When do I pay for my cosmetic surgery procedures?

To reserve an actual date for your cosmetic surgery, we will require a scheduling/booking fee.  Reserving a date is the only way we can guarantee you the date you have chosen.  The final balance of payment is due on or prior to the date of your preoperative visit (which is typically 3 to 4 weeks before your actual surgery date).

Can I get multiple procedures done at the same time?

Yes, it may be possible to do but it is not always advisable to do. Dr. Back believes that the best and safest outcomes are most often realized by limiting the risks and simplifying the recovery process.  Staying within reasonable limits of time in the operating room, and avoiding combinations of procedures that unnecessarily raise risk levels also helps lead to a streamlined and easy recovery.  Getting a great result with a safe, uneventful and quick recovery is more important than “getting it all done at once”.

How can I pay for my surgery?
We want to make your payments to us as stress free as possible. We accept cash, Visa, MasterCard, Discover and certified bank checks.  Sorry, but we do not accept personal checks.
In the case of financing, we offer a number of different options.  We help you to decide what will be most comfortable for you.
Do you offer financing?

We offer financing that allows our patients to more easily handle the costs of their procedures. We will do our best to meet your individual needs. We invite you to discuss all of your concerns so that we can help you achieve your desired results in a way that works and is convenient for you.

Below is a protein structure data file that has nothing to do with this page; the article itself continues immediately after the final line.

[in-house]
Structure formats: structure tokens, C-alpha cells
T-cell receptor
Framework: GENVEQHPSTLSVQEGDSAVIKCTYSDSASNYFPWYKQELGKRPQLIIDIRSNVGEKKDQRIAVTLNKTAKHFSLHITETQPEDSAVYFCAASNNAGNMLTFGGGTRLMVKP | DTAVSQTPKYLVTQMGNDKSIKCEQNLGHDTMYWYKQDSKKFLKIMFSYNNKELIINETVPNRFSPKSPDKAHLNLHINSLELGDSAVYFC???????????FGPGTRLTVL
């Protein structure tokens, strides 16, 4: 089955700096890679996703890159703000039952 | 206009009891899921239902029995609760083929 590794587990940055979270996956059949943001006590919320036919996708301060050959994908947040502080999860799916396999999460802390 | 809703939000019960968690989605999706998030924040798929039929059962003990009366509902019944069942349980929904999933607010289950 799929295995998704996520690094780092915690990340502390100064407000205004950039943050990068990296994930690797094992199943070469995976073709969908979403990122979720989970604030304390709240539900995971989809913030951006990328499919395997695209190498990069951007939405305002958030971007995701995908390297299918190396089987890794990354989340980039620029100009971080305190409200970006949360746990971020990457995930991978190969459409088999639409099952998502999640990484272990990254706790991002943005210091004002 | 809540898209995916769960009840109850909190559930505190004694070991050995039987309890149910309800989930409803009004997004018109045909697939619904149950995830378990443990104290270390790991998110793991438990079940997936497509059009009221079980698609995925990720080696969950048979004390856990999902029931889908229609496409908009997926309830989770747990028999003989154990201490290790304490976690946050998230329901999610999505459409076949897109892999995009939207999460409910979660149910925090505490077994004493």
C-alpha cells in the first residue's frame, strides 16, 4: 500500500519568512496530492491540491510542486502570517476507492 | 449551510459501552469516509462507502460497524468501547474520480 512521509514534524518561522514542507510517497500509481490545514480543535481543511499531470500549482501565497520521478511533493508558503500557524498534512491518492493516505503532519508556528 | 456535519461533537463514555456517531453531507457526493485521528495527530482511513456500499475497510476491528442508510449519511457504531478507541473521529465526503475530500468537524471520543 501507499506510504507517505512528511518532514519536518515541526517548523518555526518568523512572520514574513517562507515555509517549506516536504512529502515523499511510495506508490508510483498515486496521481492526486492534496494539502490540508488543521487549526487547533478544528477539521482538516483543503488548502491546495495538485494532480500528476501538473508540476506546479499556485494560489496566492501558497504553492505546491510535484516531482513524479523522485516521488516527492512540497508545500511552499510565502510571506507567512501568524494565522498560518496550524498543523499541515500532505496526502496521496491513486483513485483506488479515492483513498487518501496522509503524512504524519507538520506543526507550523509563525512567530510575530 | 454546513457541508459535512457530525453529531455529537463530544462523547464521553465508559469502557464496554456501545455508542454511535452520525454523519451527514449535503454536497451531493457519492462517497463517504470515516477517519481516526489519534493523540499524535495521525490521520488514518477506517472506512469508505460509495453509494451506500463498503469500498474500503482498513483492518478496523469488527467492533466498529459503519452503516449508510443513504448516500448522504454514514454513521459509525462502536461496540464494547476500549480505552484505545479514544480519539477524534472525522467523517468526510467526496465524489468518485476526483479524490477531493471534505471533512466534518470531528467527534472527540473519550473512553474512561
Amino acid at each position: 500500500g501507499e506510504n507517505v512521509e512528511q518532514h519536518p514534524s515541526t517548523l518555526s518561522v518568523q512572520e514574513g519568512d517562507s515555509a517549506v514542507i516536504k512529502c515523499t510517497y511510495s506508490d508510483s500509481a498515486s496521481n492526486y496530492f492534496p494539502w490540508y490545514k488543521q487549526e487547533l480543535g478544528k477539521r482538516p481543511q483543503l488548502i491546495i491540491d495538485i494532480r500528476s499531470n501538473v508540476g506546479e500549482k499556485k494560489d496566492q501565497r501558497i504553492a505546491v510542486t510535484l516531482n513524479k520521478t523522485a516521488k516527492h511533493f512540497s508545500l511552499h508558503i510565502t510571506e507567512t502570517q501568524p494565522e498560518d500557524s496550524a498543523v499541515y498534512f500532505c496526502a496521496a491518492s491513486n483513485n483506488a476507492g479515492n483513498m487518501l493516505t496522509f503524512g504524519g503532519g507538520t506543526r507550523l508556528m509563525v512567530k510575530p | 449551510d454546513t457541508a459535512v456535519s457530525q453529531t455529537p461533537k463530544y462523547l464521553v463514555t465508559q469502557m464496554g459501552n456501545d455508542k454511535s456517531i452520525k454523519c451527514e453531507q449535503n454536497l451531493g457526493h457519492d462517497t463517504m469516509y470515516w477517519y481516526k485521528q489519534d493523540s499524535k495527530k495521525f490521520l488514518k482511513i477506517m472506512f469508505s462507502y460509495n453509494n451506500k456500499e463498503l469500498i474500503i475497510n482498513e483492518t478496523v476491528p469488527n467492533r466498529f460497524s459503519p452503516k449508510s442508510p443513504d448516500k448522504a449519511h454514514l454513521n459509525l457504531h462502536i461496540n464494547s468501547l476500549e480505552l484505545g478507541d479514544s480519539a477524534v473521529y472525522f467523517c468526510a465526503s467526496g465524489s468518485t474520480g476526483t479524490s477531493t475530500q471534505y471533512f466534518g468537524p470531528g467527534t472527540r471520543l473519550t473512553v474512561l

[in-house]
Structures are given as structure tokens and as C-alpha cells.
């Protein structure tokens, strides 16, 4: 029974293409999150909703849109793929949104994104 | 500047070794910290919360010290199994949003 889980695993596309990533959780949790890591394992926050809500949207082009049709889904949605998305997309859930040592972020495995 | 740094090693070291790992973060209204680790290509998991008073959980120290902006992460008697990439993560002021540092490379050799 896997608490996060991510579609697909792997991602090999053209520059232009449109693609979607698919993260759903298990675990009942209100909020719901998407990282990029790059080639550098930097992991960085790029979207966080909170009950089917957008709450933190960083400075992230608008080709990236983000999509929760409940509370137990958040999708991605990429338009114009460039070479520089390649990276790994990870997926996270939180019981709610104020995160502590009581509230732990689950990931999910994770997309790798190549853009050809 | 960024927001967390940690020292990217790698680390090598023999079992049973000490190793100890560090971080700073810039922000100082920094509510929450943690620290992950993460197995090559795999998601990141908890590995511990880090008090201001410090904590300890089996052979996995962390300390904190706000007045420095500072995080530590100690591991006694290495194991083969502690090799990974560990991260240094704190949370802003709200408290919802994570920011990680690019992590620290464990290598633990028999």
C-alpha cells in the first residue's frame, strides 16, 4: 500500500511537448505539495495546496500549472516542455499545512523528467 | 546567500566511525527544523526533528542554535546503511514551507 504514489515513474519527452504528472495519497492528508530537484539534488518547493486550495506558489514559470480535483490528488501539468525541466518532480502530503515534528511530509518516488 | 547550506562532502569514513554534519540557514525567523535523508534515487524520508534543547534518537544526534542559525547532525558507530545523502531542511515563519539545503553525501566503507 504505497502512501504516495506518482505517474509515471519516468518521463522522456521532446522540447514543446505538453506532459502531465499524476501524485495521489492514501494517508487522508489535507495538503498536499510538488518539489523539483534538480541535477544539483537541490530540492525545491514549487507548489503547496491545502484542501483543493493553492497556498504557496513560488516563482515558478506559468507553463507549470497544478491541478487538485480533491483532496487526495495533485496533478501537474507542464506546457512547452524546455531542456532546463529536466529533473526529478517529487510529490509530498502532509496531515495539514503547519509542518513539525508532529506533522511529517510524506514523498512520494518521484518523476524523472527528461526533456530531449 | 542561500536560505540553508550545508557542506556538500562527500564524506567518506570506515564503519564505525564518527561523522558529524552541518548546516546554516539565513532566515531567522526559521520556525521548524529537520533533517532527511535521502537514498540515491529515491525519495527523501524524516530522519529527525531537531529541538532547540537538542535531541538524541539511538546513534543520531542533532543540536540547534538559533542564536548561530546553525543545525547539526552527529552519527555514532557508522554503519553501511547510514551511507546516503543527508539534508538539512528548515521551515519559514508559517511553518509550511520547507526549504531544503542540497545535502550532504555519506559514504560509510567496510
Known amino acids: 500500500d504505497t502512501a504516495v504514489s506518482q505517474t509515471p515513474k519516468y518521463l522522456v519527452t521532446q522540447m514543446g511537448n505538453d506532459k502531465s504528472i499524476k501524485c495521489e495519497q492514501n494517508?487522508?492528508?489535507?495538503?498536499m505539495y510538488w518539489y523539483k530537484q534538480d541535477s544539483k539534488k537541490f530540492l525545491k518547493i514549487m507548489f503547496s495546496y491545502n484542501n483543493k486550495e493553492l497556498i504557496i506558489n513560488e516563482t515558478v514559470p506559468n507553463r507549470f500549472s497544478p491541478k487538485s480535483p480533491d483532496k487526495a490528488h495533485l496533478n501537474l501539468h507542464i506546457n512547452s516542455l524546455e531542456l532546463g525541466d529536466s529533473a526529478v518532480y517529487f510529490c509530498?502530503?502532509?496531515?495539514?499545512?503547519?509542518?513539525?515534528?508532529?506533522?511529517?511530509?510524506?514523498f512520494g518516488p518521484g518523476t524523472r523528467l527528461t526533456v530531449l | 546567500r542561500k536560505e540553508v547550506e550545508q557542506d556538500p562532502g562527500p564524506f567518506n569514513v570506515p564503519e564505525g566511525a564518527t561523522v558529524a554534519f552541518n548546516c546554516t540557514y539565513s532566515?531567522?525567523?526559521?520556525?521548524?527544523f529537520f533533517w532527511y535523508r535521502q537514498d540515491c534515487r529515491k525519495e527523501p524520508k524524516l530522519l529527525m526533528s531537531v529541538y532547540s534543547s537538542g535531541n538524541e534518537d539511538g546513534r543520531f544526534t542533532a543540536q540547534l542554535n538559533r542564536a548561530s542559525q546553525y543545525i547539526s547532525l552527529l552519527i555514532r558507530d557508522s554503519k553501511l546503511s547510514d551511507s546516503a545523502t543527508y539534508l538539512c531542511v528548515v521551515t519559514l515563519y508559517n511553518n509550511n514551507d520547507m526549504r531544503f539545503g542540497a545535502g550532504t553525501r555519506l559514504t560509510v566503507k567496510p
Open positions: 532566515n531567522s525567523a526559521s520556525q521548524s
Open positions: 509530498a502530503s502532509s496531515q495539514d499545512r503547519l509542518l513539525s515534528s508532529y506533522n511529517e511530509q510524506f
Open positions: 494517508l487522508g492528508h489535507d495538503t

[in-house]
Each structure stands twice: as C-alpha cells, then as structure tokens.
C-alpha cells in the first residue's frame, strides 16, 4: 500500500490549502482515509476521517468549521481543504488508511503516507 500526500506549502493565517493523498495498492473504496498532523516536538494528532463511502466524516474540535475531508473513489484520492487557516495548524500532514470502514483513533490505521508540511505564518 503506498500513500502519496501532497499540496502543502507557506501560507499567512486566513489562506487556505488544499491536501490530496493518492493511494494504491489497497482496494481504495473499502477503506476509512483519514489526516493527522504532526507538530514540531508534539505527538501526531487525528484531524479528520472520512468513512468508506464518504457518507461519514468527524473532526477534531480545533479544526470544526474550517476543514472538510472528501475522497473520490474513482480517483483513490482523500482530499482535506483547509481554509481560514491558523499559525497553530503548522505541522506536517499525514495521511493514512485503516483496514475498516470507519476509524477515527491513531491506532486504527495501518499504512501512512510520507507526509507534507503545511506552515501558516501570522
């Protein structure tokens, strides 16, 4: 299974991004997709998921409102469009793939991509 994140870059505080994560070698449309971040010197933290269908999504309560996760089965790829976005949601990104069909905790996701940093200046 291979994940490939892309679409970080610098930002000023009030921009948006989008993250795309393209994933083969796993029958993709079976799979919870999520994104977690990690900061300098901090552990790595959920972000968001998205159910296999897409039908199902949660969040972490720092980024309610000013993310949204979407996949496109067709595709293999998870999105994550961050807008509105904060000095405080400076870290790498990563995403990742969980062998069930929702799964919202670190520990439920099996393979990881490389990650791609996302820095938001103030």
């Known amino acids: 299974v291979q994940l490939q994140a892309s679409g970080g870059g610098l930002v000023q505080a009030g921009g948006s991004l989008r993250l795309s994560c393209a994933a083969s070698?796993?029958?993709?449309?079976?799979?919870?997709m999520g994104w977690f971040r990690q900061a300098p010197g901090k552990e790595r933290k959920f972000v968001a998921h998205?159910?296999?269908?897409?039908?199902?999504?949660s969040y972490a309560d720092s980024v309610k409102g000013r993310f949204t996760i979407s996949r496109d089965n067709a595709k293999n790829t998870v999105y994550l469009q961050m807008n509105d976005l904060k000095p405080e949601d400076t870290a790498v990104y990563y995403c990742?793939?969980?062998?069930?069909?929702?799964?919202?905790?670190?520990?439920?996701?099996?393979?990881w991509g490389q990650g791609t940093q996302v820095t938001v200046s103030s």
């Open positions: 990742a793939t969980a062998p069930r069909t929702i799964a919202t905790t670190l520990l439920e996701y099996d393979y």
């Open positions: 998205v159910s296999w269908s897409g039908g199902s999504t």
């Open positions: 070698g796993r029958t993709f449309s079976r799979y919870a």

How safe is plastic surgery?
Although hundreds of thousands of people have plastic surgical procedures every year without complications, no surgical procedure is completely risk-free. There is always at least some risk associated with any surgical procedure. However, as a patient, you can play an important role in reducing that risk.
Begin by choosing an American Board of Plastic Surgery (ABPS) board certified plastic surgeon.  While credentials alone can’t guarantee a successful outcome, it certainly starts things off on the right note.  Inform your doctor of any medications you’re taking and your full medical history, so that a proper evaluation of your medical condition can be done and proper steps taken to help to protect you against potential complications.  Follow your doctor’s before and after instructions to the best of your ability.
What can I expect after surgery?
Within the first few weeks after surgery, you’ll see Dr. Back for follow-up visits (which will taper off in frequency over time) in order to check on the progress of your healing. Meanwhile, it’s important for you to keep in mind that healing, of any form, is a gradual process.
During the initial phases of recovery, you’ll experience some pain and discomfort along with swelling and bruising around the operative areas. This is normal. You’ll be given medications to handle the pain, and in time, the swelling and bruising will disappear. It’s also not unusual to feel depressed in the days or weeks following surgery. Again, keep in mind that this is normal and will subside as you begin to look and feel better.
Of course, if you have any unusual symptoms between visits, or questions about your recovery, don’t hesitate to call us. While some questions will need to be handled with a one-on-one visit with Dr. Back, most often they can be properly addressed through a brief telephone call.  We are available 24/7 through our emergency line, even if the office is closed.
How can I best prepare for surgery?
As you meet with our team prior to surgery, we’ll give you specific instructions on how to prepare for your procedure, including guidelines on:
  • Eating and drinking